Additives od aids? Evaluation of aroma compounds release from oenological tannins of different botanical origins.

Oenological tannins are products extracted from various botanical sources, such as mimosa,
acacia, oak gall, quebracho, chestnut and tara. The polyphenolic component is obtained through a solid-liquid extraction also using specific solvents, then removed by evaporation or freeze-drying. Tannins are employed in two phases of winemaking, during the pre-fermentative phase or during fining with different purposes such as modulate antioxidant activity, colour stabilization, bacteriostatic activity, protein stabilization and modulation of sensory properties. To date, the current regulatory framework is not very clear. In fact, the Codex Alimentarius classifies commercial tannins as “food additives” but also as
“processing aids”. The main distinction is that “additives” have a technological function in the final food, whereas “processing aids” do not. In this sense, oenological tannins, despite the technological treatments, could contain aromatic compounds of the botanical species they belong to and release them to the wine. The aim of this study was the evaluation of the release of aroma compounds by oenological tannins of different botanical origins. Twenty-six tannins from two different producers were extracted for forty-eight hours with a hydroalcoholic solution (15% ethanol) on an orbital shaker (70 rpm). Free volatile compounds and glycosidic precursors have been analysed thanks to SPE- and SPME-GC-MS techniques. All volatile compounds were found to be in wide ranges. Terpenes for example ranged from 0.04 µg/L to 19.1 µg/L, with three samples above 15 µg/L. In one case, a sample was found to have a concentration of a cyclic terpene (1,8-cineole) above the odor threshold. Fair concentrations, although below the odor threshold were found for cis- and trans-linaloloxide. Benzenoids as expected showed the highest concentrations, over 1.6 mg/L but also in this case with great variations. In this case, vanillin showed high levels, above the odor threshold in several samples. Other compounds (norisoprenoids, fatty acids and alcohols) were present in traces. Most of the studied products showed low levels of aroma compounds, benzenoids apart, however in some samples, few compounds were present in high concentrations beyond the odor threshold, with the potential ability to modify the sensory profile of a wine.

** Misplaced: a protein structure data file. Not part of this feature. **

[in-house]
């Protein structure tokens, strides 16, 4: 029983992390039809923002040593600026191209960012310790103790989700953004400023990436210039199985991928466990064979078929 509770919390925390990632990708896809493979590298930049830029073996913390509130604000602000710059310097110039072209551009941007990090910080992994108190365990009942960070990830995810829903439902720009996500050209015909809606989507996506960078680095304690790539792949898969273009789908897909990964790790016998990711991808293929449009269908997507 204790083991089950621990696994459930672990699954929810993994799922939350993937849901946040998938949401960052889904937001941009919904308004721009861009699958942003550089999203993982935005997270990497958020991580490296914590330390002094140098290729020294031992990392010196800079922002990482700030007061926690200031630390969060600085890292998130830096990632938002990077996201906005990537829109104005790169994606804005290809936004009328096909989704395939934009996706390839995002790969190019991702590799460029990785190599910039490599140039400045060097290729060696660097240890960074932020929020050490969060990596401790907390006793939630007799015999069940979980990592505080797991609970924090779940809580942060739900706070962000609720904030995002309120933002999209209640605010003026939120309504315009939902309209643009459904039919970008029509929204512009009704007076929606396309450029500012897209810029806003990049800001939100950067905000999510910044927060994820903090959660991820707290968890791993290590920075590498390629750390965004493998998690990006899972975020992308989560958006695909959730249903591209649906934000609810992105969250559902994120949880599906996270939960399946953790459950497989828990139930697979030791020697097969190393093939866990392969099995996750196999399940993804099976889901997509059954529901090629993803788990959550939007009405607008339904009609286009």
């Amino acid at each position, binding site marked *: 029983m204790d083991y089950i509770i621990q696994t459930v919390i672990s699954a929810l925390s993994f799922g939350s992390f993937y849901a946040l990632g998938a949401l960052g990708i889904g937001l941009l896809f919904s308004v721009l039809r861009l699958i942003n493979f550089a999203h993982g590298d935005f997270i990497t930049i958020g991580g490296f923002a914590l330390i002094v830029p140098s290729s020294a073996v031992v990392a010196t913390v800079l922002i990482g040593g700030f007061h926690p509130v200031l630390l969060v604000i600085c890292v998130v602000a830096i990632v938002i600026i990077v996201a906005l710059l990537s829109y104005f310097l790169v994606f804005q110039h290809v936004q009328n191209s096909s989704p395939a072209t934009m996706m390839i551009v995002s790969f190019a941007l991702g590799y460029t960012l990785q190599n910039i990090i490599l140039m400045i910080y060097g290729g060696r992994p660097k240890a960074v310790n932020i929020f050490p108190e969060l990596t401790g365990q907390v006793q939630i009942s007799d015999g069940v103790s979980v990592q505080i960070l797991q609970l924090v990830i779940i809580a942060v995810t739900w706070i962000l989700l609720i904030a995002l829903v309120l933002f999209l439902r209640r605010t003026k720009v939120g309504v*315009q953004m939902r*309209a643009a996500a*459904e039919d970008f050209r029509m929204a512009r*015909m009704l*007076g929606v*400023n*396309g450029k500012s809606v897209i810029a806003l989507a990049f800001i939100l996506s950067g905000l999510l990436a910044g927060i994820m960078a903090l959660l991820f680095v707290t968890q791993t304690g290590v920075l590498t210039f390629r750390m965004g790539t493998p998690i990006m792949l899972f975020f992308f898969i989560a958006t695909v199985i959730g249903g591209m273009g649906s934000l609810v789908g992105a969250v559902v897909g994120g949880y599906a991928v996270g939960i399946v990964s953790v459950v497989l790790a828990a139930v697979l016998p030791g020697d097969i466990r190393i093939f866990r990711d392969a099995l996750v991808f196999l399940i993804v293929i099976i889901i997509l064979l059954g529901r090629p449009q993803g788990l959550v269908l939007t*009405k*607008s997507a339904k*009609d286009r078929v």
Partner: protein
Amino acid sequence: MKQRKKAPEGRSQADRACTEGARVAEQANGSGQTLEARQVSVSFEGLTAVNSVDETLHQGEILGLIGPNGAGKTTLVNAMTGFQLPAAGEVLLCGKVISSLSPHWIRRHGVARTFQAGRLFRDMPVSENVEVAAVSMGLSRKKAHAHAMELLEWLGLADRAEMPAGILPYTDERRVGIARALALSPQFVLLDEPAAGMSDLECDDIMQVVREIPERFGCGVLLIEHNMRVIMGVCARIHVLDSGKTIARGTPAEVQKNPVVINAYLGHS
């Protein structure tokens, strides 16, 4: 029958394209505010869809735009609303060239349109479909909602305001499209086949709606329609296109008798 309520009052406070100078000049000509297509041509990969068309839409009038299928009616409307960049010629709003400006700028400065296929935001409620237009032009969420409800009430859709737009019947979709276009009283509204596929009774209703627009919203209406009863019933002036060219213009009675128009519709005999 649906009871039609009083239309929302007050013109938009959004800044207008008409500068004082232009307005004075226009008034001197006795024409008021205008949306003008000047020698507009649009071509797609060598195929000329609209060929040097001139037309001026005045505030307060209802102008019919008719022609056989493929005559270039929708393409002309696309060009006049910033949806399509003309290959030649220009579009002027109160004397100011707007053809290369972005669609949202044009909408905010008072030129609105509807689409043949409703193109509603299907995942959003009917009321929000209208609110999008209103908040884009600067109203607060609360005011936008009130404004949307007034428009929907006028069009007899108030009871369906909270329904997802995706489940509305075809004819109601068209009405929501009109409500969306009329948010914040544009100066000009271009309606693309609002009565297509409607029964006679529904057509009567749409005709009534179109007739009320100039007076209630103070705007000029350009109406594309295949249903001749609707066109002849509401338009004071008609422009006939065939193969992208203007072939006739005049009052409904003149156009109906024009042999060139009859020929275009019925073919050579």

Authors: Slaghenaufi Davide1, Luzzini Giovanni1 and Ugliano Maurizio1

1Department of Biotechnology, University of Verona

*corresponding author:

Keywords: Tannins, Botanical origins, additive, aids, aroma compounds

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